Thorn v. Social Security Administration
ORDER reversing and remanding the final decision of the Commissioner for further review. Signed by Magistrate Judge J. Thomas Ray on 6/6/2017. (jak)
UNITED STATES DISTRICT COURT
EASTERN DISTRICT OF ARKANSAS
NANCY A. BERRYHILL,1
Social Security Administration
Plaintiff, Tommy Thorn, applied for disability benefits on March 22, 2014,
alleging an onset date of January 1, 2013. (Tr. at 9). His claims were denied initially
and upon reconsideration. Id. After conducting a hearing, the Administrative Law
Judge (AALJ@) denied Thorn’s application. (Tr. at 9-22). The Appeals Council denied
his request for review. (Tr. at 1). Thus, the ALJ=s decision now stands as the final
decision of the Commissioner. Thorn has requested judicial review.
For the reasons stated below, the Court reverses the ALJ’s decision and
remands for further review.2
Berryhill is now the Acting Commissioner of Social Security and is automatically substituted as
Defendant pursuant to Fed. R. Civ. P. 25(d).
The parties have consented in writing to the jurisdiction of a United States Magistrate Judge.
The Commissioner=s Decision:
The ALJ found that Thorn had not engaged in substantial gainful activity since
the alleged onset date of January 1, 2013. (Tr. at 11). At Step Two of the five-step
analysis, the ALJ found that Thorn has the following severe impairments:
degenerative disc disease of the cervical and lumbosacral spine, status post cervical
spinal fusion, history of colon resection and hernia repair, and obesity. Id.
After finding that Thorn’s impairments did not meet or equal a listed
impairment (Tr. at 14), the ALJ determined that Thorn had the residual functional
capacity (“RFC”) to perform sedentary work with the following limitations: 1) he
could perform only occasional climbing, stooping, crouching, kneeling, and
crawling; 2) he could not work in unrestricted heights, such as ladders or scaffolding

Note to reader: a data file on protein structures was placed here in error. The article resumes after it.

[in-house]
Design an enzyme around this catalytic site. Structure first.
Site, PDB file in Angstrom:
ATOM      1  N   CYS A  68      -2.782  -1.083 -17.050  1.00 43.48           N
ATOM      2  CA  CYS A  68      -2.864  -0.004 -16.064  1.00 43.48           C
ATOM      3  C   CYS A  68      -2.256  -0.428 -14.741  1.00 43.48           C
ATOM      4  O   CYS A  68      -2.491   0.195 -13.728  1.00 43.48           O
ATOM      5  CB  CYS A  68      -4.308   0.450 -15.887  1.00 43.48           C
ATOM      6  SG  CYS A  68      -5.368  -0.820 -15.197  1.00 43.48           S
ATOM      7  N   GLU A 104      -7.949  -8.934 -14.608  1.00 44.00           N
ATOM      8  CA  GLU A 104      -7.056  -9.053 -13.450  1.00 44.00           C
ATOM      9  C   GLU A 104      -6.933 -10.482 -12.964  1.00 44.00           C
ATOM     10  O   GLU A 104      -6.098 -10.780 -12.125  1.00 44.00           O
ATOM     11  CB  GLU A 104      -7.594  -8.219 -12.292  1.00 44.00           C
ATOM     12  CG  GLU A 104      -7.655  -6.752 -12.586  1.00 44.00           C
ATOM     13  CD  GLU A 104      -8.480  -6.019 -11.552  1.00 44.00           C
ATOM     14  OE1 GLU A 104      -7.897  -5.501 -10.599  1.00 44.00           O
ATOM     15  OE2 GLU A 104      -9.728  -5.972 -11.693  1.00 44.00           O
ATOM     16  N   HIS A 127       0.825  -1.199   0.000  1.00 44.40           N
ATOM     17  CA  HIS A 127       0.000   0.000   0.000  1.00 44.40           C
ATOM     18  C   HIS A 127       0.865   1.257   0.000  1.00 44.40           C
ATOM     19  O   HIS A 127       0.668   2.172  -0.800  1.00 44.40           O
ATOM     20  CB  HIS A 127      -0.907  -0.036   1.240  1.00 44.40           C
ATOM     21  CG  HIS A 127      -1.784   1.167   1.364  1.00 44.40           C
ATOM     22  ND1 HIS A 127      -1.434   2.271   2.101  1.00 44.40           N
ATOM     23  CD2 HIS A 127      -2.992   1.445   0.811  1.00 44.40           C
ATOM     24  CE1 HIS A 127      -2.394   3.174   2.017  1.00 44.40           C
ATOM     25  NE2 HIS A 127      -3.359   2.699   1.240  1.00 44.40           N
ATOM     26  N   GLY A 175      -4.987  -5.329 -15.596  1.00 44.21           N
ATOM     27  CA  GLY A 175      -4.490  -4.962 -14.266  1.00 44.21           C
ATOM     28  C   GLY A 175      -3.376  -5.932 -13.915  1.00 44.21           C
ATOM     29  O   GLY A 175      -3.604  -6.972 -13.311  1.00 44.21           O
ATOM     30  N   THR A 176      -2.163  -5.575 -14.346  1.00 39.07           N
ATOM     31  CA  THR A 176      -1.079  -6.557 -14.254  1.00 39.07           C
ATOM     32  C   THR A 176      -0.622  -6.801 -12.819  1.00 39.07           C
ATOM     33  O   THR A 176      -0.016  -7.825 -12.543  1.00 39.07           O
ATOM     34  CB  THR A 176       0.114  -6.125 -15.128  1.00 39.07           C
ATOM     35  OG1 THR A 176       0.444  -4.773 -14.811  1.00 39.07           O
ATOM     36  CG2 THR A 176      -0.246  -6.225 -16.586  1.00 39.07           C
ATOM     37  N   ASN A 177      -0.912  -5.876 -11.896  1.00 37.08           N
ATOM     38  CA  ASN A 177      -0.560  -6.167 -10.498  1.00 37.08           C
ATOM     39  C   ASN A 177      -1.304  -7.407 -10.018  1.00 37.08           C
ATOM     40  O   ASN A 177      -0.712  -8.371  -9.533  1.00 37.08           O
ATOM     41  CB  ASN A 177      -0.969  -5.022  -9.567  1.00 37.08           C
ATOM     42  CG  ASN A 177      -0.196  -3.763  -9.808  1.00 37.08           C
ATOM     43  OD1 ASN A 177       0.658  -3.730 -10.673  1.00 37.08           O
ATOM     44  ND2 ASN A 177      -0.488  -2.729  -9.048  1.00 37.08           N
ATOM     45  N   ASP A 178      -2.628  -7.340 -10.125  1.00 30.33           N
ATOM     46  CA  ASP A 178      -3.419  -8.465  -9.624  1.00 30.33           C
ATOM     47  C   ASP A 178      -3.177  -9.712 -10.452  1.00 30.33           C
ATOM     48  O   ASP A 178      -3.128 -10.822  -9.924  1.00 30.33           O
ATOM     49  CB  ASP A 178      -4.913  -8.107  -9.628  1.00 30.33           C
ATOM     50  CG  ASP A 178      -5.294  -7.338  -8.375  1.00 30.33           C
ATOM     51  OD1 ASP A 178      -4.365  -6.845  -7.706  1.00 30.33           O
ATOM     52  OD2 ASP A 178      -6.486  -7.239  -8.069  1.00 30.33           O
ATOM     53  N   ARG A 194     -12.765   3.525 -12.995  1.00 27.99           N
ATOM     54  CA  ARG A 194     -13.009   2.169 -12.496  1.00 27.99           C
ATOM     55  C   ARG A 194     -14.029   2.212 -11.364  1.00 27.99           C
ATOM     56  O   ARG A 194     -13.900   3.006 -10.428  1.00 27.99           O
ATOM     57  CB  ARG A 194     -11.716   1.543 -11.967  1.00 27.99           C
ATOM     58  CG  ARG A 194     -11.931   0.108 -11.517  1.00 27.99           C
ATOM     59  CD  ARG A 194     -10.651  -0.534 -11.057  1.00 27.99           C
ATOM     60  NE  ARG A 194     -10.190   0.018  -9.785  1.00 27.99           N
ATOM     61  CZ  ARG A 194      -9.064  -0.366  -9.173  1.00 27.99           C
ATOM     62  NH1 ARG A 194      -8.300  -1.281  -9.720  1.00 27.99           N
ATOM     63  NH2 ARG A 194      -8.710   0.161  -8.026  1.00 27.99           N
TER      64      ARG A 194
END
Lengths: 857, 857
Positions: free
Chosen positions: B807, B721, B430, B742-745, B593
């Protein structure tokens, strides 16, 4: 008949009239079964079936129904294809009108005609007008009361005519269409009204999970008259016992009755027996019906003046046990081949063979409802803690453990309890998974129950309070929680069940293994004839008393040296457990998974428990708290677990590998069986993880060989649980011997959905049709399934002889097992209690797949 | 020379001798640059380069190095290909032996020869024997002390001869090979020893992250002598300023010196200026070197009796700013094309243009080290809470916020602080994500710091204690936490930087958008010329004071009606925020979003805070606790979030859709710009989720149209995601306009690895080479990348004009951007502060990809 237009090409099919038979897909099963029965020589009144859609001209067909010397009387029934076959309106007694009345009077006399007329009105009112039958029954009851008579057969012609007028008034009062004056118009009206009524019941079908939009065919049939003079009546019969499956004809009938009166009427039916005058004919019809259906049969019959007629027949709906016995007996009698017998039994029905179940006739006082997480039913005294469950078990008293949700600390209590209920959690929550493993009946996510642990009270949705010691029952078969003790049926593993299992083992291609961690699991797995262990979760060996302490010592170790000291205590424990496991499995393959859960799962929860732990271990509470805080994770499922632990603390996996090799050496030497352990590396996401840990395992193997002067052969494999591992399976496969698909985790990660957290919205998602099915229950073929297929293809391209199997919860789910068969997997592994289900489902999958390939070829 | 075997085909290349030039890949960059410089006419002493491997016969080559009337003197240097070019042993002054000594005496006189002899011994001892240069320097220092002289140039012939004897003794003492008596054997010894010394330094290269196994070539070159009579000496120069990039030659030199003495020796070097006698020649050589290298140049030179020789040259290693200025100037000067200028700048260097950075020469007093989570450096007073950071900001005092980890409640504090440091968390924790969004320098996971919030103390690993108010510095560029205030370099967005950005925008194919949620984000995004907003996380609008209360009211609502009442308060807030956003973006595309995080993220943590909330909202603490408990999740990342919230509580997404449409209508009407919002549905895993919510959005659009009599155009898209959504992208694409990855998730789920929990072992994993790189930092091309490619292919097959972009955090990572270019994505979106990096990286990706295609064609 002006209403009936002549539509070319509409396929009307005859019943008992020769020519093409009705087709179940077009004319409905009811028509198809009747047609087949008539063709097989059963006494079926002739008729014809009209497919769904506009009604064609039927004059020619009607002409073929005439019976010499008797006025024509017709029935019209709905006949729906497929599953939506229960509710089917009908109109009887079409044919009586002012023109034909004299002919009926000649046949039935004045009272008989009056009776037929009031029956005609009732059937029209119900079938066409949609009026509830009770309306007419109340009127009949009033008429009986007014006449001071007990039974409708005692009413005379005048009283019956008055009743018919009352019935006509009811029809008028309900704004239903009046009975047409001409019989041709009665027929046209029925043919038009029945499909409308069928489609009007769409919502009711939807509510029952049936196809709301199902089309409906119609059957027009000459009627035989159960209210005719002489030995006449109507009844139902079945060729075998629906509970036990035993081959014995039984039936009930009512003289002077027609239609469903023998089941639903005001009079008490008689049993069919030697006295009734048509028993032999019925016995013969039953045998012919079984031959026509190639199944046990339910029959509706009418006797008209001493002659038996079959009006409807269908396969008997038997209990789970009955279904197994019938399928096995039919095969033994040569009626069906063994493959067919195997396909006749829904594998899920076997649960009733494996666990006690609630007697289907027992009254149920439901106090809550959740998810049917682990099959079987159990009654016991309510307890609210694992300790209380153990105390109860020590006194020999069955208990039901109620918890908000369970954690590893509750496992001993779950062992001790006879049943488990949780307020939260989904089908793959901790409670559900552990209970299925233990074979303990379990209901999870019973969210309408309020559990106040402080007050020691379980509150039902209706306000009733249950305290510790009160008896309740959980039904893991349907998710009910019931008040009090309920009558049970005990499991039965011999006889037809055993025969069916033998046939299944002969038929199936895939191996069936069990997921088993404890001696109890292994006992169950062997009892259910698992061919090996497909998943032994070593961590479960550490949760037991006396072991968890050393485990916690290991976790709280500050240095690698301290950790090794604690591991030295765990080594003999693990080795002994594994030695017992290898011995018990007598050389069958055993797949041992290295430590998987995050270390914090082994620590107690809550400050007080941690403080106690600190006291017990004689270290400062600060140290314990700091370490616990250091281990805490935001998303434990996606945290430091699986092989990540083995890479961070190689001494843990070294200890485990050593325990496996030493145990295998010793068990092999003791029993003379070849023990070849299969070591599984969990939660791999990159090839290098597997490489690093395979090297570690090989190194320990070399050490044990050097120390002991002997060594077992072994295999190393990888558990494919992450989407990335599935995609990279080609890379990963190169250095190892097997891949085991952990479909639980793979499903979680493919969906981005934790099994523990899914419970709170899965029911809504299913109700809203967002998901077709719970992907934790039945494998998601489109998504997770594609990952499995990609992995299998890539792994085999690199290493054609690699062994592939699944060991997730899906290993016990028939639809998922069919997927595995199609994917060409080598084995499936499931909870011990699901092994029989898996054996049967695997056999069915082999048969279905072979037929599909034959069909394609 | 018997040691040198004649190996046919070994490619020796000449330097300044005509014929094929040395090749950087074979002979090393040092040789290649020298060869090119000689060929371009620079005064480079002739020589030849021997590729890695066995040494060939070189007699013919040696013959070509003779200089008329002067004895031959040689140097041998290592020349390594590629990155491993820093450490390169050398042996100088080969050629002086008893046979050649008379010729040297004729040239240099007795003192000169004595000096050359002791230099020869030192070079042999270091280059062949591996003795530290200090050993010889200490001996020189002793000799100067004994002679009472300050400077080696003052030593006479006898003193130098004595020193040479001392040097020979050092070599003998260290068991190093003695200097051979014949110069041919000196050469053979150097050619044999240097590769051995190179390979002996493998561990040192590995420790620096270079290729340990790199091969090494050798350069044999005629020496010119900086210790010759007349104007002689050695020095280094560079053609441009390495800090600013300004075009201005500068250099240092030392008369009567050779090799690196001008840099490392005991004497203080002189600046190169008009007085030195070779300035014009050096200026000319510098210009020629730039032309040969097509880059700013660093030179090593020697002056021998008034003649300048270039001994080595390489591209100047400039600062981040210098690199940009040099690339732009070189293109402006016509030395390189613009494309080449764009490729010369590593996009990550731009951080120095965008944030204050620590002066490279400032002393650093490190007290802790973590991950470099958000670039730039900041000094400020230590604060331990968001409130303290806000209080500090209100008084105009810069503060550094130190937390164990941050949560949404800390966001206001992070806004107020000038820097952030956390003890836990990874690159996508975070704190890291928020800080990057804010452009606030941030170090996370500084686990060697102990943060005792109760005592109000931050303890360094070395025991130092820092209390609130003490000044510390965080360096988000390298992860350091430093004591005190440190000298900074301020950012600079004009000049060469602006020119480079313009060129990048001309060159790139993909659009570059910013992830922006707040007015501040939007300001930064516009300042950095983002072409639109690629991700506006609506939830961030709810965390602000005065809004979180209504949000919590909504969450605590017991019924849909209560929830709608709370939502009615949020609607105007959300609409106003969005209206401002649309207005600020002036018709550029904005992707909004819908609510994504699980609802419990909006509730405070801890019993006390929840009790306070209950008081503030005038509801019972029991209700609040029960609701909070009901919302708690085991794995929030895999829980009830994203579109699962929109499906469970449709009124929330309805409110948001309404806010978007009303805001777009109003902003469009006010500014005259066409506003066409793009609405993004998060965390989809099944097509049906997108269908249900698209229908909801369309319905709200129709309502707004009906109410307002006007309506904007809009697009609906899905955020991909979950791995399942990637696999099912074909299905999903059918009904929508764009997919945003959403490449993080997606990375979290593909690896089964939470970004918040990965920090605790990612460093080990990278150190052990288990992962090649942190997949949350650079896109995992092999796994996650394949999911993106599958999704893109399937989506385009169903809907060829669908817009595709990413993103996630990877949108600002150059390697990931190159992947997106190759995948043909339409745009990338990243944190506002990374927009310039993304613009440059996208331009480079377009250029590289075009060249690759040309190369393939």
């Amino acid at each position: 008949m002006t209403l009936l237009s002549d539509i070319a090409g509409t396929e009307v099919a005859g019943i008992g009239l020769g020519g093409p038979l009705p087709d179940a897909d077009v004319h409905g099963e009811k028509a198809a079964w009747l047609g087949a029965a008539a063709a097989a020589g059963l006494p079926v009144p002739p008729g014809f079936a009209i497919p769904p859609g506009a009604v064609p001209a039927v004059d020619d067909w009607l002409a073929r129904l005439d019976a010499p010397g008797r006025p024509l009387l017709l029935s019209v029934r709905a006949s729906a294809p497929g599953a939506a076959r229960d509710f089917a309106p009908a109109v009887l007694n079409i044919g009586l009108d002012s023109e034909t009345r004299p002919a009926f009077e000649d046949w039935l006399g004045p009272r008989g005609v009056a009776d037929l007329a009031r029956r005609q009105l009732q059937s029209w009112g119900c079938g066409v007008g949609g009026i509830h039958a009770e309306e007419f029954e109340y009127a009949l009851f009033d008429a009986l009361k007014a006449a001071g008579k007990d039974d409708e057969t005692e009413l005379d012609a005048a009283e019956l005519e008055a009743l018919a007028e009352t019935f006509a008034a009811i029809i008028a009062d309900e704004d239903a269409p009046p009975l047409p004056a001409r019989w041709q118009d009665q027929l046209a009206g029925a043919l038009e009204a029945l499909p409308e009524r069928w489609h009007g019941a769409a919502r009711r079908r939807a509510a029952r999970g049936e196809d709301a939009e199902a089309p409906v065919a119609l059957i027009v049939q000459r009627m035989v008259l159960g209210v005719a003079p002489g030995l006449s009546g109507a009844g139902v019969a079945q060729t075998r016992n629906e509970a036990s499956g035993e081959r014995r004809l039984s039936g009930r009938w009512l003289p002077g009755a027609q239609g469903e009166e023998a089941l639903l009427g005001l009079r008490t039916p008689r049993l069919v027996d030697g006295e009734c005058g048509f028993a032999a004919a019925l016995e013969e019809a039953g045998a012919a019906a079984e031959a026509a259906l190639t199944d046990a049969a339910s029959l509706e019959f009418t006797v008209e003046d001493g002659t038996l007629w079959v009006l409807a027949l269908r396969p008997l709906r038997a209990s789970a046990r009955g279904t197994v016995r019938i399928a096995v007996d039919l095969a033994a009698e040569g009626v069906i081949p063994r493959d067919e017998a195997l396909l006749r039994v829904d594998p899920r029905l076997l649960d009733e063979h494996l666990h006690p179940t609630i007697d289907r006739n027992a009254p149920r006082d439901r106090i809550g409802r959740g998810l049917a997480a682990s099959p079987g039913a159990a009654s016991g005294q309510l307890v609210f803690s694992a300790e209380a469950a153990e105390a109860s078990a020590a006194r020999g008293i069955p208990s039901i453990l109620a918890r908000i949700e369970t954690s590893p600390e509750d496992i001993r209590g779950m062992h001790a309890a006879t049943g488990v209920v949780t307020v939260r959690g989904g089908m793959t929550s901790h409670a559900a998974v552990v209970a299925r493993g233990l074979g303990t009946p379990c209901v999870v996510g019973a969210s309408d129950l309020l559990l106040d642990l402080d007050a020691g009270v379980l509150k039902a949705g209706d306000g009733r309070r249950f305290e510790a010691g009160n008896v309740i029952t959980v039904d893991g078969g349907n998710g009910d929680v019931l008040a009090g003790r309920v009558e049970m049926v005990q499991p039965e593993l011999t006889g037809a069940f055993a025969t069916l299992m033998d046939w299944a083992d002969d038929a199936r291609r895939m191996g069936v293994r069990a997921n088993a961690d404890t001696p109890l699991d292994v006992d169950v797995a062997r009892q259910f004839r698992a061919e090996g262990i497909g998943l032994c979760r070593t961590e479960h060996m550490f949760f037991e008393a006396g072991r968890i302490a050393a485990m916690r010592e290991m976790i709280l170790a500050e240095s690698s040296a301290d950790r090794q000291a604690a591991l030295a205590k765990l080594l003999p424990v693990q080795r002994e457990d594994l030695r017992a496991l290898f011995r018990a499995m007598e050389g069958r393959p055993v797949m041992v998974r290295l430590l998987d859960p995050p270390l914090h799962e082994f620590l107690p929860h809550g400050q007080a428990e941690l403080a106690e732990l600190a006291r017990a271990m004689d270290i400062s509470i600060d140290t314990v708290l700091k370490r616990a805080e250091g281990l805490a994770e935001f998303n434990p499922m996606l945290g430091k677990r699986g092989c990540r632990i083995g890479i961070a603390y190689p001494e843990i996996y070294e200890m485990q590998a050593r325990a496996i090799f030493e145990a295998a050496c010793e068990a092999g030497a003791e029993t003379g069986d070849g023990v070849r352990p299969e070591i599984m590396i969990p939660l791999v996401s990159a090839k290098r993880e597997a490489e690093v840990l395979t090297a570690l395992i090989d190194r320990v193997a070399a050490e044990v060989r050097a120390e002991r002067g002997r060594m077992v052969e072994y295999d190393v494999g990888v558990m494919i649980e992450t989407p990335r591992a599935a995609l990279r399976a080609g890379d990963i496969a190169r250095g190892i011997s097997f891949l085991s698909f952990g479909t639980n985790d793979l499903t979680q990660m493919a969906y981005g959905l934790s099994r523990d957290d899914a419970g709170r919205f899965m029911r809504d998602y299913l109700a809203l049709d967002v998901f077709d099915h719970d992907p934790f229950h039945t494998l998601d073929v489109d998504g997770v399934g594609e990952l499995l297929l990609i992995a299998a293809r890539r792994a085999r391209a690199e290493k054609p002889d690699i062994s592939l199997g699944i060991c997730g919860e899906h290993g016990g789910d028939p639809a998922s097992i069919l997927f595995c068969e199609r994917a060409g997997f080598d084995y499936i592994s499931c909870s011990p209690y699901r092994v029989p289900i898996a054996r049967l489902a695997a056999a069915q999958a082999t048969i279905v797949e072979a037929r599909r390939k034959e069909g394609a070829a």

3) in an eight-hour workday, he could sit six to eight hours, from one to two hours
without interruption; and 4) he could stand and walk no more than two hours. (Tr. at
15). The ALJ relied on the testimony of a vocational expert to find that, based on
Thorn’s age, education, work experience and RFC, he could perform past relevant
work as a quality-control inspector. (Tr. at 21). Based on that determination, the ALJ
held that Thorn was not disabled. Id.
Standard of Review
The Court=s function on review is to determine whether the Commissioner=s
decision is supported by substantial evidence on the record as a whole and whether
it is based on legal error. Miller v. Colvin, 784 F.3d 472, 477 (8th Cir. 2015); see
also 42 U.S.C. ' 405(g). While Asubstantial evidence@ is that which a reasonable
mind might accept as adequate to support a conclusion, Asubstantial evidence on the
record as a whole@ requires a court to engage in a more scrutinizing analysis:
A[O]ur review is more than an examination of the record for the
existence of substantial evidence in support of the Commissioner=s
decision; we also take into account whatever in the record fairly
detracts from that decision.@ Reversal is not warranted, however,
Amerely because substantial evidence would have supported an
Reed v. Barnhart, 399 F.3d 917, 920 (8th Cir. 2005) (citations omitted).
Thorn=s Arguments on Appeal
Thorn argues that substantial evidence does not support the ALJ=s decision to
deny benefits. He contends that the ALJ erred: (1) in relying on the opinion of Roger
Troxel, M.D.; (2) in failing to include in the RFC a sitting and overhead reaching
limitation; and (3) in his credibility analysis, which labeled Thorn’s treatment as
conservative. The Court concludes that, based on several errors committed by the
ALJ, his decision was not supported by substantial evidence.
First, it appears the ALJ did not properly assess Thorn’s repeatedly elevated
blood pressure. The ALJ briefly reviewed the evidence related to high blood
pressure, and concluded that the record did not establish that hypertension
significantly limited Thorn’s ability to perform basic work activities. The ALJ’s
review of the pertinent evidence relating to high blood pressure was incomplete.
On October 1, 2013, Thorn presented to East Arkansas Family Health Center,
Inc., because his blood pressure medication was not working. (Tr. at 296). Thorn’s
blood pressure that day was 184/110. Id. He indicated that he had been keeping a
daily log of his blood pressure and it was consistently higher than 160/80. Id. He
reported headache and blurry vision, possible markers for high blood pressure. Id.
On October 8, 2013, Thorn reported high blood pressure in spite of taking